Newborn screening for Fabry, Gaucher, Niemann Pick Types A and B, and Pompe diseases has been proposed in several states, including New York. Each of these lysosomal storage diseases (LSD) has a broad phenotypic spectrum ranging from severe infantile-onset disease to adult-onset, milder phenotypes. Thus, newborn screening for these disorders presents a unique set of complex issues that require investigation prior to the initiatio of mass newborn screening. These issues include determining the clinical and diagnostic accuracy of the screening assay, investigating how to correctly predict phenotype in asymptomatic newborns, and developing algorithms to assist with clinical decision-making about if and when to initiate therapy. In addition, there are novel ethical, legal, and social issus associated with testing infants for potentially later-onset disorders. This proposal will explore these issues by implementing a pilot newborn screen in conjunction with the New York State Newborn Screening Program to evaluate the analytic and clinical validity of the screening test and to determine disease incidence in an ethnically diverse population. Screening data will be shared with the Newborn Screening Translational Research Network (NBSTRN). All identified infants will be followed by LSD experts at The Mount Sinai Medical Center for diagnostic evaluation, monitoring, and treatment. Natural history data generated from this research and from existing disease-specific clinical databases will also be shared with the NBSTRN, with the goal of developing models to predict age of onset of disease over the lifespan in order to optimize treatment and avoid premature use of costly therapies. The psychological aspects of screening for the LSDs will also be explored, focusing on whether screening for later-onset disorders has harmful short or longer term effects. The psychological impact will be assessed using questionnaires and interviews to evaluate the reactions of parents whose infants are at risk to develop infantile versus later-onset disease. We will also initiate an analysis of the economic impact of a positive diagnosis on families by analyzing monitoring and treatment costs as well as potential difficulties with insurability. Based on these results, an ethics panel will b convened to discuss the particular concerns, including potential harms, that are associated with testing for these disorders, and we will then use this information as the basis for formulating policy recommendations on newborn screening for LSDs in general, and later onset diseases in particular. In addition, a symposium will be held to discuss the extent and length of medicolegal responsibility of the medical team involved in the newborn screening of a patient with adult onset disease. In sum, these studies should result in the development of evidence-based, ethically-sensitive, newborn screening and long-term follow up policies that will have considerable influence as newborn screening for the LSDs becomes widely adopted.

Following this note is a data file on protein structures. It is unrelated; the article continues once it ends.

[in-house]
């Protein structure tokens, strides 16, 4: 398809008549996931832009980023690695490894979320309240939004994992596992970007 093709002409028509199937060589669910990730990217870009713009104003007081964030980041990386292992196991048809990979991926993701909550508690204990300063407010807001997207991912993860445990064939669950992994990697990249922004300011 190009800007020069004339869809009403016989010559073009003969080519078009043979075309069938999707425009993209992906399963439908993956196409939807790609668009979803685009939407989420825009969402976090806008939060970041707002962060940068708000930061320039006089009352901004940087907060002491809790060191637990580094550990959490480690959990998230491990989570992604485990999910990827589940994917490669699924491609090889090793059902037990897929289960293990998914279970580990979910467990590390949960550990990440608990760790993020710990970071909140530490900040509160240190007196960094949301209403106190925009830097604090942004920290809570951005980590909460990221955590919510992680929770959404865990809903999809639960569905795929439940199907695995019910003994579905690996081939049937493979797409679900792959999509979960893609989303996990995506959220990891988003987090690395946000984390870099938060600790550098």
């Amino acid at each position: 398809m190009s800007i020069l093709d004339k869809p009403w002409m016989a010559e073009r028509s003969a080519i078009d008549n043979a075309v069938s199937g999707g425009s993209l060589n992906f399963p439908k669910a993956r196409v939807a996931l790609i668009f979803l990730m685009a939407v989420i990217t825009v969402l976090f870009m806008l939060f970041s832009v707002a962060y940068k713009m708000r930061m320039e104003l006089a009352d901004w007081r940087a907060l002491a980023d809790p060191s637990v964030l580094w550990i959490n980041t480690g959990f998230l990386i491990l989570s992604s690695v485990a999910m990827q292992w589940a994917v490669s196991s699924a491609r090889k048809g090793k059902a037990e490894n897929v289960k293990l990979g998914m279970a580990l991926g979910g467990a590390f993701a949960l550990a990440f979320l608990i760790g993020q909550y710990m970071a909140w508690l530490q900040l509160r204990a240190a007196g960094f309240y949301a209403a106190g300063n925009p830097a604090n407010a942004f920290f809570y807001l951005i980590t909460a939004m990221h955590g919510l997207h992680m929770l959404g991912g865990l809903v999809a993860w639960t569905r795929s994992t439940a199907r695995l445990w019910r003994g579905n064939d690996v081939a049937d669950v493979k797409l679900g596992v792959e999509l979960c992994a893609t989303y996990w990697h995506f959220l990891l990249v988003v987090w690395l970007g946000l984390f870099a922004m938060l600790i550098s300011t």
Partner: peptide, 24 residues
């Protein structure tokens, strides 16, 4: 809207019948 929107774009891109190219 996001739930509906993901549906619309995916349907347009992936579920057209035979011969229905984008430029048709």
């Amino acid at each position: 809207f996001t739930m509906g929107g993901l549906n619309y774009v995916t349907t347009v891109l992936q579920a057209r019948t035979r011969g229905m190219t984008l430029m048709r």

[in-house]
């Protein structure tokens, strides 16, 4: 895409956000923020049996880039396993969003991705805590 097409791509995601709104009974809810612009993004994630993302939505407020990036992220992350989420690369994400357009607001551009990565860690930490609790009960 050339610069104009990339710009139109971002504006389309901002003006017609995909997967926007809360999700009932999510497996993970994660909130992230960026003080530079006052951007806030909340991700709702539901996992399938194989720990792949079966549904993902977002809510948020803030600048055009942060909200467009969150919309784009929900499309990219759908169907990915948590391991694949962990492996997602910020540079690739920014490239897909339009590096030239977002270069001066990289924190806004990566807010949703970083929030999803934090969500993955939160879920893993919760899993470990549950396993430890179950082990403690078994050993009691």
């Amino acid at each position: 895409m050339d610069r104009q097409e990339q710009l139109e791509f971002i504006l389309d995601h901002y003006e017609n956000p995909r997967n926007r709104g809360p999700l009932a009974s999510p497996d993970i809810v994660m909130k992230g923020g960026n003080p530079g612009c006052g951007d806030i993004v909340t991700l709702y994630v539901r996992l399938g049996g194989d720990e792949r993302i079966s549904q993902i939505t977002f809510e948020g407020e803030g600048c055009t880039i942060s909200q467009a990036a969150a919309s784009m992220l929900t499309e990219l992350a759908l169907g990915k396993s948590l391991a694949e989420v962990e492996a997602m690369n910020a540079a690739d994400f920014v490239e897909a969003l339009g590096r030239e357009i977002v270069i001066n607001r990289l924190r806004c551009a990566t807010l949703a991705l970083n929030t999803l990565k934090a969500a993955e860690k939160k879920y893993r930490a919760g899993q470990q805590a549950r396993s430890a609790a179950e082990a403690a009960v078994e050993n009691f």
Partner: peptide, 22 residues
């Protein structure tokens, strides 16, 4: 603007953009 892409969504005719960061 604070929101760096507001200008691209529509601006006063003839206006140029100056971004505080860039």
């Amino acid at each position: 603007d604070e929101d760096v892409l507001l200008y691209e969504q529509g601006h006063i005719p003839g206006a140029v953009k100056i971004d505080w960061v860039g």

PROJECT NARRATIVE We will conduct a pilot newborn screening for Fabry, Gaucher, Niemann-Pick Types A and B, and Pompe diseases in approximately 80,000 infants born in high birth rate, ethnically diverse New York City hospitals in order to validate the screening assay and to define the natural history of these disorders. Prospective clinical, laboratory, and radiographic data will be collected and analyzed in order to develop evidence-based algorithms for the diagnosis and treatment of these rare disorders. In addition, the unique ethical, legal, an psychosocial issues that are associated with screening for these disorders will be explored.
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|Kelly, Nicole; Makarem, Dalia Chehayeb; Wasserstein, Melissa P (2016) Screening of Newborns for Disorders with High Benefit-Risk Ratios Should Be Mandatory. J Law Med Ethics 44:231-40|
|Wasserstein, Melissa P (2016) Long-term follow-up in newborn screening: the role of collaboration. Genet Med :|